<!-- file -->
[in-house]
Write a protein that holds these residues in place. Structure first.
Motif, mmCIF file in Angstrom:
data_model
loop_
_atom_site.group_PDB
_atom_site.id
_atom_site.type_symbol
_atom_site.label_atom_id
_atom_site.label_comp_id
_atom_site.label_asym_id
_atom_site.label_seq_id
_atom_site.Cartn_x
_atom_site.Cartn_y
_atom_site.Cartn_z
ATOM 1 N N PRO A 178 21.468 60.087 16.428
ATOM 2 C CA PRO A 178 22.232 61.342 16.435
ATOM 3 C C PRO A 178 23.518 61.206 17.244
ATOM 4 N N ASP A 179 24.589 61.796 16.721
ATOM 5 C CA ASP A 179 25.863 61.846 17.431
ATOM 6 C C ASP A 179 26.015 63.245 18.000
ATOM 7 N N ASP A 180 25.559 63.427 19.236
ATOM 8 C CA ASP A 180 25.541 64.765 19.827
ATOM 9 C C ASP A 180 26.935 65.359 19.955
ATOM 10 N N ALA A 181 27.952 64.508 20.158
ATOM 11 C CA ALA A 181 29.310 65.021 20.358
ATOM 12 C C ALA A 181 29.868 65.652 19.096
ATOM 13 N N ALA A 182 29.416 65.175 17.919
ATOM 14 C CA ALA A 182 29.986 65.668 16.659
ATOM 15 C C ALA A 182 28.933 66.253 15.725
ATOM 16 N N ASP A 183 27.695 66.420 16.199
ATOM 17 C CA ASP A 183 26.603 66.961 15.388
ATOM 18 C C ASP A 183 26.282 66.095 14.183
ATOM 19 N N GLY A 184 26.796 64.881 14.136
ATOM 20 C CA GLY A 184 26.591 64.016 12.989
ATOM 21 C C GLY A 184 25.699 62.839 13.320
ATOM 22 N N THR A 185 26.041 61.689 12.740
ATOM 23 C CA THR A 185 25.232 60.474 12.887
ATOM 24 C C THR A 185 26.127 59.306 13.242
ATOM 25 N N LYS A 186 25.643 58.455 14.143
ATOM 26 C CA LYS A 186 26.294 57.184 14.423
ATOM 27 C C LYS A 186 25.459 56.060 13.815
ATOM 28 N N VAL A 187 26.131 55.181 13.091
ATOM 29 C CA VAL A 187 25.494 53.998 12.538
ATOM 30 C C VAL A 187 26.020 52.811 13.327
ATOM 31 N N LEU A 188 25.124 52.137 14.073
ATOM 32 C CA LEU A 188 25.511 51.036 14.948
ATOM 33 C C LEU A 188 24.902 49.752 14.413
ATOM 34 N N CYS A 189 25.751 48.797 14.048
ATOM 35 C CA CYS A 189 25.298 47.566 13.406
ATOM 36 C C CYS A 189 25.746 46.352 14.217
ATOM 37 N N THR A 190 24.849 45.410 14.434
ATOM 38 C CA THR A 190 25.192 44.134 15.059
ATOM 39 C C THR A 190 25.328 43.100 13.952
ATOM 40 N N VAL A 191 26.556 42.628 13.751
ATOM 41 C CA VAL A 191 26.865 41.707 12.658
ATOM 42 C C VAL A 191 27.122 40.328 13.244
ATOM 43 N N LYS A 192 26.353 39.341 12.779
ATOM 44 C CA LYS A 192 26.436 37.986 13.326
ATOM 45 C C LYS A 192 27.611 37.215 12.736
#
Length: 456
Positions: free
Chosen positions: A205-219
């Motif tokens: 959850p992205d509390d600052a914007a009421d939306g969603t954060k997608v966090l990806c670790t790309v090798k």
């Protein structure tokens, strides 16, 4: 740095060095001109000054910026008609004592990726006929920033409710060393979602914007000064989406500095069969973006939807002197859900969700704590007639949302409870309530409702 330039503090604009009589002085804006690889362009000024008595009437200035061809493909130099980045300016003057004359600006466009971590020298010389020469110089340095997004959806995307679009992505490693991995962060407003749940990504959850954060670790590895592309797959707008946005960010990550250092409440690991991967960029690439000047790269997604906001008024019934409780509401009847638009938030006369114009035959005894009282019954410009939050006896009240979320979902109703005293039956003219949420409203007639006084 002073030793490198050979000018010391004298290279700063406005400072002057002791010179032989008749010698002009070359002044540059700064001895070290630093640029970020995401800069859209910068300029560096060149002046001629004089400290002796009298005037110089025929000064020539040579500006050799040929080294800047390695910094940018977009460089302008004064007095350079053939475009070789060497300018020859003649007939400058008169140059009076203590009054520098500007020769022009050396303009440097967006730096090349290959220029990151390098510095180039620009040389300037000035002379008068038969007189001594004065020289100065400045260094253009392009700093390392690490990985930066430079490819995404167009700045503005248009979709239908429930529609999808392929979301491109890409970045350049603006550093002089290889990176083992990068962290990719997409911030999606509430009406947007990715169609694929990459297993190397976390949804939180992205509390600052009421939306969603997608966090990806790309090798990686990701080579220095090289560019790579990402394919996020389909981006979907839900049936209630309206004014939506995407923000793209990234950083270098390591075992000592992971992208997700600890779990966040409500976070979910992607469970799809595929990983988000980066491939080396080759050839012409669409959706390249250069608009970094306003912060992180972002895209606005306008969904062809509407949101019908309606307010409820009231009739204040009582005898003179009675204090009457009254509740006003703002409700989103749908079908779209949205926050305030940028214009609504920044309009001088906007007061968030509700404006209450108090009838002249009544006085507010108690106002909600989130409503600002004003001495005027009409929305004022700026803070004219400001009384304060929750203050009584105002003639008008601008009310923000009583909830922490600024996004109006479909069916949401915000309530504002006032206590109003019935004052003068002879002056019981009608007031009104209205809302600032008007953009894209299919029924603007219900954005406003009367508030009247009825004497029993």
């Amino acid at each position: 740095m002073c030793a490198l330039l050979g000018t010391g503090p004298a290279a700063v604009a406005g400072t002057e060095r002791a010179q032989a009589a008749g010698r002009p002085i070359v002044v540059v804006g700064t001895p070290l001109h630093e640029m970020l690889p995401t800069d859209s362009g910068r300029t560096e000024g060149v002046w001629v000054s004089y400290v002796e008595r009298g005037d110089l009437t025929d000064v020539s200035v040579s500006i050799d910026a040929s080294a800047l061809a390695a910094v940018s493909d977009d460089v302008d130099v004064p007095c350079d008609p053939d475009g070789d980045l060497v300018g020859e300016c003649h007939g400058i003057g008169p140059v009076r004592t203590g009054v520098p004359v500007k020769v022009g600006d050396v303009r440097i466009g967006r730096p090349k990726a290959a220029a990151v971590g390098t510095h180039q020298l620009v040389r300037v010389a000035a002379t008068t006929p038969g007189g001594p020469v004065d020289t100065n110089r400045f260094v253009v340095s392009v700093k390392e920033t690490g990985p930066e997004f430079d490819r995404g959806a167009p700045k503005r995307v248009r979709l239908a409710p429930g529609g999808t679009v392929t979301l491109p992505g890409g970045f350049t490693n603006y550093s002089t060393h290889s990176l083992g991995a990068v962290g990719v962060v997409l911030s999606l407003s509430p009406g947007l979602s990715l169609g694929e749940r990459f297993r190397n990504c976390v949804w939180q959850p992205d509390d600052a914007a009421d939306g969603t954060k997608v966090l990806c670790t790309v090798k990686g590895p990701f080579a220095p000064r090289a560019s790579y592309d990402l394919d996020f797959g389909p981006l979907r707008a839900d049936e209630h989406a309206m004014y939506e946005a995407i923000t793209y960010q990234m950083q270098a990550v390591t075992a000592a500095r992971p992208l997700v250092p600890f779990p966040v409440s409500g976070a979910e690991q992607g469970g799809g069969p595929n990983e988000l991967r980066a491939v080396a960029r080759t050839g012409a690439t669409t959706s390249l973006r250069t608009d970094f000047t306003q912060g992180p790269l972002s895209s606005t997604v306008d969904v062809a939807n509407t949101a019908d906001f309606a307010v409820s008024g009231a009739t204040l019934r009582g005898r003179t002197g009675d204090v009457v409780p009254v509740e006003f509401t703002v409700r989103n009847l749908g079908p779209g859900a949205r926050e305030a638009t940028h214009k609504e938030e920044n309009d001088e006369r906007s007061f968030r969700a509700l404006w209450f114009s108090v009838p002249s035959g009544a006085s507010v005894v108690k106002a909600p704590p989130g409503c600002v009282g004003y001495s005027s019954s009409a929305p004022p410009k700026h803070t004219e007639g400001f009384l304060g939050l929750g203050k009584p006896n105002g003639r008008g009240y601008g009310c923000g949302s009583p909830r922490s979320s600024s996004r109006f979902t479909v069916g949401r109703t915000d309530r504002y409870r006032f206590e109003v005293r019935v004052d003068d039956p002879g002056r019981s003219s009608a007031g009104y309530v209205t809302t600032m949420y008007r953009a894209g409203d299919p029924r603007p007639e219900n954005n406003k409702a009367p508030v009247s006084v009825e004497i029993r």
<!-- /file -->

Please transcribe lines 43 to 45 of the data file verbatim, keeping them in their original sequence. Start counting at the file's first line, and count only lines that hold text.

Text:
ATOM 28 N N VAL A 187 26.131 55.181 13.091
ATOM 29 C CA VAL A 187 25.494 53.998 12.538
ATOM 30 C C VAL A 187 26.020 52.811 13.327